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Discussion Starter #1
Hi all , We are off to order our PM HT tomorrow hopefully .We are in BC on Vancouver Island . Mike is quadriplegic and uses large electric wheel chair . We are hoping to convert PM to camper van as we sold our 32 Ft RV and want something smaller to travel in . Cant order through the custom places as we need more room ect to get in and turn ect and they don't deviate from their models . Will be looking to see if we can put a track ceiling lift on ceiling and if so whether we should order with or without windows incase having them jeopardizes the weight bearing of roof . I guess we will soon find out . Have many questions but not too many can be answered till we have the van in hand and can get weights ect . Any ways ,Nice to be on here and read all your posts !
 

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Welcome!

You didn't mention length, but the 159wb has an extra top beam that may help with roof loads. Lots of good info here on the forum, but not much on suspended weight capabilities... I added windows, and did have to remove side supports in the center of each panel. Windows added between the supports would probably work best!

ed
 

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I don't think windows, if installed in the sheet metal as mentioned above, would in any way affect the ability of the roof to carry loads. The sheet metal sides are just glued on with adhesive foam. Structural strength is provided by the framing only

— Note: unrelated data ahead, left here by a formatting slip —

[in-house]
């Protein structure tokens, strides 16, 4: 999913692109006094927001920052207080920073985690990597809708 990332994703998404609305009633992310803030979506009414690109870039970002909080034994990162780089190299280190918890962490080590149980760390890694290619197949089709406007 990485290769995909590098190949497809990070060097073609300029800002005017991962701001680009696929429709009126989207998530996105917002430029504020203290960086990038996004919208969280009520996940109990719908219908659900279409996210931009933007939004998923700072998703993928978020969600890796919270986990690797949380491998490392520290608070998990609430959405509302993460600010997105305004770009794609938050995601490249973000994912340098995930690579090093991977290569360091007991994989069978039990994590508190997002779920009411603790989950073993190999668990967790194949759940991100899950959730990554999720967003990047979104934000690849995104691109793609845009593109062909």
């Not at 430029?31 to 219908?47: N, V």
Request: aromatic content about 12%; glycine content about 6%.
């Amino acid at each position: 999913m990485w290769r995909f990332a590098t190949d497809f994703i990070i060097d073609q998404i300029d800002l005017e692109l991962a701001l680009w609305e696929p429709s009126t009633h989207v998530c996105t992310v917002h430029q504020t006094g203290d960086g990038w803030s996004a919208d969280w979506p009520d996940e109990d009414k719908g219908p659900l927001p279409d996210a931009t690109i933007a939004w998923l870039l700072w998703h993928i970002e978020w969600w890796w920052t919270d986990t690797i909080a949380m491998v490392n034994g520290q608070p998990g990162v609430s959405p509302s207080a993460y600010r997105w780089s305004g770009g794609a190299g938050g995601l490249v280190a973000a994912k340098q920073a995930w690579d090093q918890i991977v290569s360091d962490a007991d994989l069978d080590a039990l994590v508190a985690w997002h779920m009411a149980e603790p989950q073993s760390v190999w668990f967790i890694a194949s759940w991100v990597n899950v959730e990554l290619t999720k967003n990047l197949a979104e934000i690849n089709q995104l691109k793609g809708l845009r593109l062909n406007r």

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I don't think windows, if installed in the sheet metal as mentioned above, would in any way affect the ability of the roof to carry loads. The sheet metal sides are just glued on with adhesive foam. Structural strength is provided by the framing only
I'm talking about the CRL OEM-looking windows. When I installed mine, I had to remove the steel wall supports (framing) that span from the bottom of the window rail the the roof rail. They are spot welded in place and foamed to keep the wall panels from making noise, I guess. I have nothing on my roof so I figured it wouldn't make a lot of difference.

I did notice that on the 159 window van, the window behind the slider is in two pieces that meet at a sidewall support. The same CRL glass is one piece, so the support is removed.

ed
 

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I think it is OK to remove those pieces because, as you say, they are there to stiffen the large sheet metal panel so it does not make "drumming" noises. There is still plenty of strength for roof loads and to keep the entire cargo area from twisting and distorting as the van is driven on very uneven roads.

This brings up an interesting question: There are federal standards for car roof strength to protect occupants in rollover accidents. Are there similar for light trucks and vans?
 

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My understanding is that the strength is around the rim of the roof. The cross-wise ribs do little more than support the roof panel. If I were putting anything very heavy up there, I'd want to support it on the outer edges.

I have searched ad nauseum for crash test results on this body. The precious little I have found suggests we are OK in roll-overs and in collisions with vehicles no bigger than we are. Going head to head with a semi, we're in big trouble. The good thing is that there is so little info. If this were a death trap, we'd know about it and it probably would not have been imported. Remember, this exact same body with far fewer safety features has been plowing some mighty dicey European roads for a decade.